Invitation to Didactique offers a glimpse into a field of research that has been ongoing in France for the past few decades. The concept of Didactique stems from the research of Guy Brousseau and the classroom work of his wife, who has been a primary level school-teacher in France for several years. The term Didactique, as developed by Brousseau, is not easily defined in a sentence, not even in a paragraph. Hence the decision of Warfield to write this short volume.
The majority of Brousseau’ s research seems to have been focused at the primary school level. His work centers on the use of classroom activities to help students gain understanding of specific mathematical concepts. This does include the construction of new activities for classroom teachers, but that is not the goal of Brousseau’s research. His main focus is on the way a particular activity affects the students and the teacher. He is interested in answering, among others, the following questions. What demands do students place on the teacher during an activity? What demands does the teacher place on the students? Are there separate explicit and implicit demands? How do these demands affect progress through an activity? How does progress through a particular activity affect student acquisition of the desired mathematical concept?
The opening pages of this short book are a difficult read. After a short description of a classroom situation that provides a brief glimpse of what didactique is about and an interesting history of Brousseau’s research, the rest of the first chapter left this reader wondering if there is any insight to be gained by reading the book. I found myself feeling lost in some of the language and terminology. Somewhere before the end of chapter one, I determined to choose one of three paths. I could press forward in the text without fully understanding what I was reading, I could give up on reading the book, or I could begin rereading chapter one while looking up terminology as needed until I felt that I had absorbed the material.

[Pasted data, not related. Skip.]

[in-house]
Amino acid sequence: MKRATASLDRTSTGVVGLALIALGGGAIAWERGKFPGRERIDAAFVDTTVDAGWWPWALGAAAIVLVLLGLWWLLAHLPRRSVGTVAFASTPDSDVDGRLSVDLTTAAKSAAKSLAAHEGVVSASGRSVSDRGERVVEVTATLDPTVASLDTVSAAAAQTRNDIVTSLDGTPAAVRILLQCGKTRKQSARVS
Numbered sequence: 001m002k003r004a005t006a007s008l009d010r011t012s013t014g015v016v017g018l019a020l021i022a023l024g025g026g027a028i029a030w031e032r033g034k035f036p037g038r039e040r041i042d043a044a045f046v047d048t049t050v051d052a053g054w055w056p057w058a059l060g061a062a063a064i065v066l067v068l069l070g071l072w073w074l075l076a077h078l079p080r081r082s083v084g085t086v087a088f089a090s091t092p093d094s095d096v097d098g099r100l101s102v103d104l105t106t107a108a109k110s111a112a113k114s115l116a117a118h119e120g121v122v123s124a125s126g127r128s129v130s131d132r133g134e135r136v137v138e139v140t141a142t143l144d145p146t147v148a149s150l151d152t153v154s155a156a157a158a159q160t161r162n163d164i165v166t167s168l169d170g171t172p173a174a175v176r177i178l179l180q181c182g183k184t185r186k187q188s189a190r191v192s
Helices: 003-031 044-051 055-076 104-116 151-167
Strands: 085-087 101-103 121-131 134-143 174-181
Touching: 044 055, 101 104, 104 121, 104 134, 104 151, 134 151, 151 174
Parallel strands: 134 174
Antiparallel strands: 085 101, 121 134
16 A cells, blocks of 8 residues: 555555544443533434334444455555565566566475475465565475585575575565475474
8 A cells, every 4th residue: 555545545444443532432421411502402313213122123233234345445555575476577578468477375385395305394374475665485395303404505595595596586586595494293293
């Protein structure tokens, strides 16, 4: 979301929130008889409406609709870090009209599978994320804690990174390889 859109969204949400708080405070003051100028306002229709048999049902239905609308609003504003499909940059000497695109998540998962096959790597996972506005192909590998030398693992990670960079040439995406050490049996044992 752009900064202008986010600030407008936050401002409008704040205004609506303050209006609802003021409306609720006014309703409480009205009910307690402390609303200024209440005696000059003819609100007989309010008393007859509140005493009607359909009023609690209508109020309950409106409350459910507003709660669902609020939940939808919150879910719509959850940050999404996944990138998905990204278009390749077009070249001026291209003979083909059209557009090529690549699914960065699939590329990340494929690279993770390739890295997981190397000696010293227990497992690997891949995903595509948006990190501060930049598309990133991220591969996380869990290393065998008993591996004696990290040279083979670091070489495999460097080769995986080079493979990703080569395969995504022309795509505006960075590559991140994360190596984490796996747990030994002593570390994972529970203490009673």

I presume that Warfield has written the book for those, such as myself, who are not familiar with many of the concepts or much of the language surrounding Didactique. With this in mind, I determined to continue to read chapter 2 although I felt uncomfortable with some of the insights that Warfield had intended chapter 1 to provide. My plan was to read as far as I could, see if the material would eventually reveal itself in the writing, and stop to reread if at any point I felt that I was totally lost.
Fortunately, the readability quickly improves. Chapters 2 through 4 provide four specific examples of didactique. Each example yields specific insight into Brousseau’s development of the concept of didactique and what he refers to as the didactique contract.
I found the last 60 pages to be a quick and pleasant read. I developed an interest in pursuing potential research that might be applicable within the United States educational system, but based on Brousseau’s work. Although the latter pages of chapter one had been difficult to read and left me unsure of what I might gain from the book, those pages were necessary and provided an important base from which to draw when the examples were presented. I did not need to reread much, but I did refer back to these pages as needed while reading through the examples.
I believe that the latter half of chapter one could have been written in a manner more accessible for a novice to Didactique. However, the reader who is willing to press through this section will be rewarded. I hope that the work of Brousseau and Warfield will gain a following in the United States.
If you are interested in research concerning how educators can induce a student to acquire a piece of mathematical knowledge, then this book is a must read. It will provide you with an introduction to a long history of related research from France. It also provides a reference list for those who want to investigate this research area beyond an introduction.